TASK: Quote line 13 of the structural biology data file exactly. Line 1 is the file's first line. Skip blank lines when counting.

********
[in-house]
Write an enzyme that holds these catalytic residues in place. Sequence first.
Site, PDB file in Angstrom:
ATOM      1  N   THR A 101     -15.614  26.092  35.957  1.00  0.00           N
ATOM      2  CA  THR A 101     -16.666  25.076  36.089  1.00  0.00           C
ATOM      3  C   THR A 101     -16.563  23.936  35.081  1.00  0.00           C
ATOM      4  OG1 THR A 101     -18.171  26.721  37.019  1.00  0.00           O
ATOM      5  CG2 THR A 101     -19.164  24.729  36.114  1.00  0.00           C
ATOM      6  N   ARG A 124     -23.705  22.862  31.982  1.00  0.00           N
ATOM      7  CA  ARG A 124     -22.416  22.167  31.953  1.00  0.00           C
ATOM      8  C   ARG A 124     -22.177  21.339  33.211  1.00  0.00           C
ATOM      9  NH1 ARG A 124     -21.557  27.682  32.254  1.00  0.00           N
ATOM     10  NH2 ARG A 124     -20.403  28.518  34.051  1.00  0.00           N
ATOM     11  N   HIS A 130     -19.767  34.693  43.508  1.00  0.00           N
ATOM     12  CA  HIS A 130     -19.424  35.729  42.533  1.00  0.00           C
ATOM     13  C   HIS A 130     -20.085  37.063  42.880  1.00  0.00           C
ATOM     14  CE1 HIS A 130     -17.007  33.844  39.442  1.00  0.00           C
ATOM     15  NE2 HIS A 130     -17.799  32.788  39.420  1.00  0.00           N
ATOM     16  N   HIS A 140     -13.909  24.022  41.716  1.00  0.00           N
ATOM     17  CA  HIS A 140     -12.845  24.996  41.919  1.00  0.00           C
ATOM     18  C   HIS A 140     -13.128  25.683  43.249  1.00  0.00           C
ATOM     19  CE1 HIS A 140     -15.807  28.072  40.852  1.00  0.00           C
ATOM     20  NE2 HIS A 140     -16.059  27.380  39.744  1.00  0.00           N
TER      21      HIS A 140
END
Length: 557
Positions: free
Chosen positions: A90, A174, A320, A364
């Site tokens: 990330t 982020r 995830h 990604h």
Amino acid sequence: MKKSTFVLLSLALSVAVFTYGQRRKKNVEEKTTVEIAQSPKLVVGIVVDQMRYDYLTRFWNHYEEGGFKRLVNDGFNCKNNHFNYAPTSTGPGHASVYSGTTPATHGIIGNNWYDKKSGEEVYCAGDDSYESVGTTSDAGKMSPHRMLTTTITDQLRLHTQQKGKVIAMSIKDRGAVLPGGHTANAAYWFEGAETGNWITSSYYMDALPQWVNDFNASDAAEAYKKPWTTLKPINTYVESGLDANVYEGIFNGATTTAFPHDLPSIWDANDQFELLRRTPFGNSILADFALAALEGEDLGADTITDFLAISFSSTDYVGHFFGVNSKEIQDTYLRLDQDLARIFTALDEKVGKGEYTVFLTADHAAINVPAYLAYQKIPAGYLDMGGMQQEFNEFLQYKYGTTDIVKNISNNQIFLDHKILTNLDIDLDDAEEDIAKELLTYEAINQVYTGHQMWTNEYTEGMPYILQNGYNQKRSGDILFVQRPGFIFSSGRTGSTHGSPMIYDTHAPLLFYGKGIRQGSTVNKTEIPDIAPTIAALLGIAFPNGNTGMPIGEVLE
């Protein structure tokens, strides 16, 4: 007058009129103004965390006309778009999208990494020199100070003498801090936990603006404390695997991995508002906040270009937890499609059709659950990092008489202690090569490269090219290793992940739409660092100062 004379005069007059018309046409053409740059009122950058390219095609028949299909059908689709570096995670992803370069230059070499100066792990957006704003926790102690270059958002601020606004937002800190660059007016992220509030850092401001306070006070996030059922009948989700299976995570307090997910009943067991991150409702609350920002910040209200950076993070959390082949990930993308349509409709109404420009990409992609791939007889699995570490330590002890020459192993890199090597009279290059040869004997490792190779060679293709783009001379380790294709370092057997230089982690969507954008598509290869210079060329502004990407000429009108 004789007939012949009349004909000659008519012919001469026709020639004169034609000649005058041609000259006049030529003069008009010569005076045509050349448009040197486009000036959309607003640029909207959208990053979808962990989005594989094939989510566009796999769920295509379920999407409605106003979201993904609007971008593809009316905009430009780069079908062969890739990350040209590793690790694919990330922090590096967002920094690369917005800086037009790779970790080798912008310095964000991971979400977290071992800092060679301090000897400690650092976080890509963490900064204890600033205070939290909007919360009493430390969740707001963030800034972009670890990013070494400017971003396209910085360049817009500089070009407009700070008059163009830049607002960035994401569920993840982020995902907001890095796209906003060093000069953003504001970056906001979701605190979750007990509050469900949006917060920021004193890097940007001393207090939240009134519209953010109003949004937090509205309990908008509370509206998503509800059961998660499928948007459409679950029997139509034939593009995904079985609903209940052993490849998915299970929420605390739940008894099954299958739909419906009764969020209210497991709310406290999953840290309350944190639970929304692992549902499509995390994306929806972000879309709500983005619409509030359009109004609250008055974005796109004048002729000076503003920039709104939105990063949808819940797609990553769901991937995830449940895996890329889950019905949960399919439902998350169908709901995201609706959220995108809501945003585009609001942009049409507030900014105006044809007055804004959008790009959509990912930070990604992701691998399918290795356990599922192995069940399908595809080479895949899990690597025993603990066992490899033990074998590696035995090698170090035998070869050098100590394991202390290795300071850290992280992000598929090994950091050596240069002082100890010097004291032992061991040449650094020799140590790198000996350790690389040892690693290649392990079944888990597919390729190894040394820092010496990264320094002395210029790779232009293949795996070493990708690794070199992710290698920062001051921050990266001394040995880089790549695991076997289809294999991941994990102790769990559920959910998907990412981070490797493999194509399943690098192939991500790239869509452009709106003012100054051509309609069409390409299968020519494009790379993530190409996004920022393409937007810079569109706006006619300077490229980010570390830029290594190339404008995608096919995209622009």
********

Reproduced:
ATOM     10  NH2 ARG A 124     -20.403  28.518  34.051  1.00  0.00           N